Rostec begins hydrogen engine development for planesJuly 29, 2021
The company announced the launch of the project with intentions for both ground and aviation applications.
The United Engine Corporation (UEC) of Rostec has announced the launch of a new program intended for the development of hydrogen engines to be used for planes as well as ground applications.
The project officially started this summer as the company created a working group and started R&D.
Rostec began the program by bringing together a working group and then beginning the research and development work on the hydrogen engine. The official announcement about the project was made by the company at the International Aviation and Space Salon (MAKS-2021), held near Moscow at the Zhukovsky airport.
The working group focused on this research and development consists of specialists from UEC subsidiaries. The power plant development will take place in collaboration with a number of different scientific and industrial institutes. Also contributing will be organizations with comprehensive experience in the use of H2 as a fuel source.
The hydrogen fuel engine development is meant to help the company play an important role in decarbonization.
“To reduce the carbon footprint in aviation and the oil and gas industry, the use of hydrogen fuel is one of the most promising fields of development. We are considering two main technologies: direct combustion of hydrogen fuel in modified gas turbines and electrochemical conversion of fuel into electrical energy using fuel cells,” said Yury Shmotin, UEC chief designer.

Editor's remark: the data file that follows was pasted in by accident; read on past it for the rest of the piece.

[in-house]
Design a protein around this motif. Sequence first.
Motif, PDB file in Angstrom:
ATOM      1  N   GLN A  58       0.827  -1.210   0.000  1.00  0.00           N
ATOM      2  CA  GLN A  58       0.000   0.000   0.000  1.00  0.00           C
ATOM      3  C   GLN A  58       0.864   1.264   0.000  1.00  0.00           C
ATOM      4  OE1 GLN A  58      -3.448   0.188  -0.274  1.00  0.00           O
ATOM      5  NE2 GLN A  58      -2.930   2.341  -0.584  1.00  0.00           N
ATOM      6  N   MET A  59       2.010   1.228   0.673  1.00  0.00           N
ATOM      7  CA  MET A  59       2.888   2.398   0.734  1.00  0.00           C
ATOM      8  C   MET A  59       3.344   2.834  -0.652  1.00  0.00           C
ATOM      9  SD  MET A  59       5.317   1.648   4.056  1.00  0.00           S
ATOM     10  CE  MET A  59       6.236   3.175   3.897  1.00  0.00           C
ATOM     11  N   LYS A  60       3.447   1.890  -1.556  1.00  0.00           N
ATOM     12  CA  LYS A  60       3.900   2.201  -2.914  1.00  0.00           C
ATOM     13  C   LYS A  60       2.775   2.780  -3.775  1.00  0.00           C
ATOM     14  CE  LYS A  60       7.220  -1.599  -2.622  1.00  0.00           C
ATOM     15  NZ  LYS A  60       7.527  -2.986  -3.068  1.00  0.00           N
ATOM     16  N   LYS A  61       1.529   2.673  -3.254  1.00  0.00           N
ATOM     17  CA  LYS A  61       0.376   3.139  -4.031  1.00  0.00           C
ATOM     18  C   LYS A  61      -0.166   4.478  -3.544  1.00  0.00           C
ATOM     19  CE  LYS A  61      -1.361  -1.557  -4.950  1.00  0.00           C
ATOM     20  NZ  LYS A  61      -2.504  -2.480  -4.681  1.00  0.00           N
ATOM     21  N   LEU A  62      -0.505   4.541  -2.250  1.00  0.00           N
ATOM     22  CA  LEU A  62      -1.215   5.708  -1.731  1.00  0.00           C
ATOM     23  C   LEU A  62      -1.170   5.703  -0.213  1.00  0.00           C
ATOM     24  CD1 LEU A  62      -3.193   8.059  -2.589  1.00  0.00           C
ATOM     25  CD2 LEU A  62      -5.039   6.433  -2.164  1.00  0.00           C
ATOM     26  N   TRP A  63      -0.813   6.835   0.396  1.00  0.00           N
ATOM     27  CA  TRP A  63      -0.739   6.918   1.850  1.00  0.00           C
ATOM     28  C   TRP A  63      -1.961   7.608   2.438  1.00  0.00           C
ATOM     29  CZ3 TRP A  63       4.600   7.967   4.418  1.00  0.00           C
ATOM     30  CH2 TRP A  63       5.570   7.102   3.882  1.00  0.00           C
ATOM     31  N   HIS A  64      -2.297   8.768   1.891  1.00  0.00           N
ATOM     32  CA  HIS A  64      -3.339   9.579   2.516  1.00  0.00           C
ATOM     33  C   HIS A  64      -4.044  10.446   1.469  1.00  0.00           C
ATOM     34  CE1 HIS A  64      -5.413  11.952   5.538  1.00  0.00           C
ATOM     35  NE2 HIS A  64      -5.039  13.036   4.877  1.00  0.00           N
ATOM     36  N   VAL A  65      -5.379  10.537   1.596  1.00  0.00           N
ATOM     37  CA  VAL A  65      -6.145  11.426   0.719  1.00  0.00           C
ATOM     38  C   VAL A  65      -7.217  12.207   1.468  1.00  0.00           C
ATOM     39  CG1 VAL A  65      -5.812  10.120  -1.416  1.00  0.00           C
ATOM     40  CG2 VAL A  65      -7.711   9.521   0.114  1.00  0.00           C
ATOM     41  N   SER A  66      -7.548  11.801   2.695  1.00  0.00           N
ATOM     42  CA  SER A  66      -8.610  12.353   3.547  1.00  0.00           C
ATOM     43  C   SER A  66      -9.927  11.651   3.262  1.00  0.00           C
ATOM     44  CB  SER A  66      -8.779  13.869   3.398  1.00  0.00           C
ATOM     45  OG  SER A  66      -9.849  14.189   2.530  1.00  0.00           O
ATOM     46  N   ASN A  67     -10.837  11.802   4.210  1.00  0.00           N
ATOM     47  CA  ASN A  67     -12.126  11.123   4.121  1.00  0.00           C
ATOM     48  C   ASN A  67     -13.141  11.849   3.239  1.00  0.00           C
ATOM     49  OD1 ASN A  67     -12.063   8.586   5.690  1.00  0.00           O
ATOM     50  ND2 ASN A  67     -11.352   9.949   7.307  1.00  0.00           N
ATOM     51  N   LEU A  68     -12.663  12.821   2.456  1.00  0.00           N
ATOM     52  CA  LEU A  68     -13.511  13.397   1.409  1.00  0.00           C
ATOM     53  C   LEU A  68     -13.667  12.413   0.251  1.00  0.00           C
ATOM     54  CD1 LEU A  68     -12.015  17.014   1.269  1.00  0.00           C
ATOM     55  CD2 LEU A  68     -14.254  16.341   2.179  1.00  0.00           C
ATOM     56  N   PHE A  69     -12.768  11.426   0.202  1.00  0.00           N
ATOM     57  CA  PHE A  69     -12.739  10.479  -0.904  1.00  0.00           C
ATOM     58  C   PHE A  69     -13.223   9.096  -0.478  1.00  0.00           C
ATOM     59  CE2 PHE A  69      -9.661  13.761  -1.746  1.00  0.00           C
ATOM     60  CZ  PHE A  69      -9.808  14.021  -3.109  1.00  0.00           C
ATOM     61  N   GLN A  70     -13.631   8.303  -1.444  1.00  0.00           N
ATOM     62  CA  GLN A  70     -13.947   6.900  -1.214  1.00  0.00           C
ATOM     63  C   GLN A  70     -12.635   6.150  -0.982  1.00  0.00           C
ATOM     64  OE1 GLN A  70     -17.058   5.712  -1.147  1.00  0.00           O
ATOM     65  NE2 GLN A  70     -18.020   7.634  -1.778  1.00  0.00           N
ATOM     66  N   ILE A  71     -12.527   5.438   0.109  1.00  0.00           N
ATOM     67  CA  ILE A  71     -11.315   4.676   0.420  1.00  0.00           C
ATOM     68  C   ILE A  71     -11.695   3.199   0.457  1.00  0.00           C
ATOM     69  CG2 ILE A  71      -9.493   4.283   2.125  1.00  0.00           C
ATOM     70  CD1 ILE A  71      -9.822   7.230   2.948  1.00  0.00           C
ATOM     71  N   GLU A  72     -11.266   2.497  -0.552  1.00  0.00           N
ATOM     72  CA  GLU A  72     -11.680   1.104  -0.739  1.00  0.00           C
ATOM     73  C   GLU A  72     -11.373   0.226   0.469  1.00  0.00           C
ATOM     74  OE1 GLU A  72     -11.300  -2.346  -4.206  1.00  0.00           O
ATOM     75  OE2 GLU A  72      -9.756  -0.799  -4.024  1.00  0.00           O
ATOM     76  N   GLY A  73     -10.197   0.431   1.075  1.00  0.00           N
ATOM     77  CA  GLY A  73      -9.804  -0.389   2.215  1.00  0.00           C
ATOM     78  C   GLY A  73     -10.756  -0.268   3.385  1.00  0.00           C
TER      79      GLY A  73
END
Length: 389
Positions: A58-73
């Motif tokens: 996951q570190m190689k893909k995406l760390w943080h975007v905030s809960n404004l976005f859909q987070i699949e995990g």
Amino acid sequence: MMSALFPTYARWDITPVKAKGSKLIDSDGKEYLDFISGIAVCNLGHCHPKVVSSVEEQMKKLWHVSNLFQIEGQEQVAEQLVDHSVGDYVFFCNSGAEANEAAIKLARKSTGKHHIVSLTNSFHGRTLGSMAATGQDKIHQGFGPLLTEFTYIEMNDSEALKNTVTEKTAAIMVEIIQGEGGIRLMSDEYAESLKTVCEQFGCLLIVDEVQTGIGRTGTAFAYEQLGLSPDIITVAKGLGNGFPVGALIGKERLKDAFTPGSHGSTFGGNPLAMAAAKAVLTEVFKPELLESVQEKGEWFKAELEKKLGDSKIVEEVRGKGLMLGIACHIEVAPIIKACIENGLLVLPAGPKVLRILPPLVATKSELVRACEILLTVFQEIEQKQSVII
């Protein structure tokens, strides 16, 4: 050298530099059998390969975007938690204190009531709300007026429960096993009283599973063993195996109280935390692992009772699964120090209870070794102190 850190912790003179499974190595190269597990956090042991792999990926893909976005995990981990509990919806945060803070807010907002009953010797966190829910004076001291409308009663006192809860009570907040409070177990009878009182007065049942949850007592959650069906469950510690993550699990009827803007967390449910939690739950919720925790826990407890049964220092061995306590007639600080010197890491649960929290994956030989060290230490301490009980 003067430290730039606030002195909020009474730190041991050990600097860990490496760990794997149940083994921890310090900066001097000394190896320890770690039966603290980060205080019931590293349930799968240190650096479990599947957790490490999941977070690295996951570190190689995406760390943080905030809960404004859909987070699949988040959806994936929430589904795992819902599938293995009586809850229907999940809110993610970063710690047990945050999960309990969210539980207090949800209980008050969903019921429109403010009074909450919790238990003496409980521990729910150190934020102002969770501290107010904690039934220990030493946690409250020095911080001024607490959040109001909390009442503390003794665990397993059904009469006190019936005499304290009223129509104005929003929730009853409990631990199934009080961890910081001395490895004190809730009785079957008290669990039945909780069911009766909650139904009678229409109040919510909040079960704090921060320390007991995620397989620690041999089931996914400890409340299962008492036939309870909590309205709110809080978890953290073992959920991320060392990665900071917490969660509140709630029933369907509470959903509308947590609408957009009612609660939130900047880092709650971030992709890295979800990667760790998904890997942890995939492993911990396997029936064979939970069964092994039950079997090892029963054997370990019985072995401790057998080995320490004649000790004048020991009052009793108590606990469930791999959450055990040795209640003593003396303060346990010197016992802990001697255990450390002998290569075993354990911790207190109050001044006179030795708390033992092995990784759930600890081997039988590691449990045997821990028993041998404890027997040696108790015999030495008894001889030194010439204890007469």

H2 has become one of the most promising zero emission fuels in the engine building sphere. As more countries look to cut down their emissions production and meet climate targets, these alternative technologies are becoming increasingly popular. Hydrogen is valued in areas such as transportation and industry because of the speed with which refueling takes place – typically comparable to gasoline – and the range it offers.
The only emissions produced by a hydrogen fuel engine is water vapor, but the production of the H2 used to power the vehicle will determine its true carbon footprint. Most of the H2 currently produced around the world is powered by fossil fuels such as natural gas. However, there is a growing movement toward green hydrogen made using renewable energy such as solar and wind.